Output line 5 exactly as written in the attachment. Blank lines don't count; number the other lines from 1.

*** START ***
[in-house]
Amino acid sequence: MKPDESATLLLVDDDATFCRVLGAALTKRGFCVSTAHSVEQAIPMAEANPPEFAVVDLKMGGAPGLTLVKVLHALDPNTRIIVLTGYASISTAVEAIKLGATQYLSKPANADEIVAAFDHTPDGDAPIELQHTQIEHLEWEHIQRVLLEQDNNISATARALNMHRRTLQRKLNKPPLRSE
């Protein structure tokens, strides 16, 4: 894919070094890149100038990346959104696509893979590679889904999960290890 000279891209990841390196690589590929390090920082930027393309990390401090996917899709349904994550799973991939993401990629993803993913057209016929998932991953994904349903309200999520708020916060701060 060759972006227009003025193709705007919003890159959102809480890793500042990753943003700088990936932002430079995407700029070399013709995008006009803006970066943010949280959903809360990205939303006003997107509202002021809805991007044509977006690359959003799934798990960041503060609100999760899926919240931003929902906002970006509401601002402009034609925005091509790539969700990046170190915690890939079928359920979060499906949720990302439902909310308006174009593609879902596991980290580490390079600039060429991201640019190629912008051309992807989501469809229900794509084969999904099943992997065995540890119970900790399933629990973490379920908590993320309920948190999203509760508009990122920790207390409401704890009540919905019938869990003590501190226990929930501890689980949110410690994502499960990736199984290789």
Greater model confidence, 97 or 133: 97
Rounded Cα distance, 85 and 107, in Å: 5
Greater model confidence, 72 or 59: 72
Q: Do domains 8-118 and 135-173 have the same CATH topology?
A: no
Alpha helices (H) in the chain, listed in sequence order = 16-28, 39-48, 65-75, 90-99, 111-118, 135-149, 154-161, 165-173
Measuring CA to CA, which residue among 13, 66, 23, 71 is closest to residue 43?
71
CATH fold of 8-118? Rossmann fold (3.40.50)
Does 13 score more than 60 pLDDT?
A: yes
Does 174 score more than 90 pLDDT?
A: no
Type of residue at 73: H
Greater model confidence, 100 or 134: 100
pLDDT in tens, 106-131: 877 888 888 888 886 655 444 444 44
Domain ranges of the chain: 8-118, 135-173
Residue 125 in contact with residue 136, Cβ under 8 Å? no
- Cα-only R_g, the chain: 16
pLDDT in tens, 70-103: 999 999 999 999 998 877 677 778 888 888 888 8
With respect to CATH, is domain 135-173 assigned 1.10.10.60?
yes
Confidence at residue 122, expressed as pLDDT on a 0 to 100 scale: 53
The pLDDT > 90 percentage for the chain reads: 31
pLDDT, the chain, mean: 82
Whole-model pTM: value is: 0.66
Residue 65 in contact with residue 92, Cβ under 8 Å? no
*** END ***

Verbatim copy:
Rounded Cα distance, 85 and 107, in Å: 5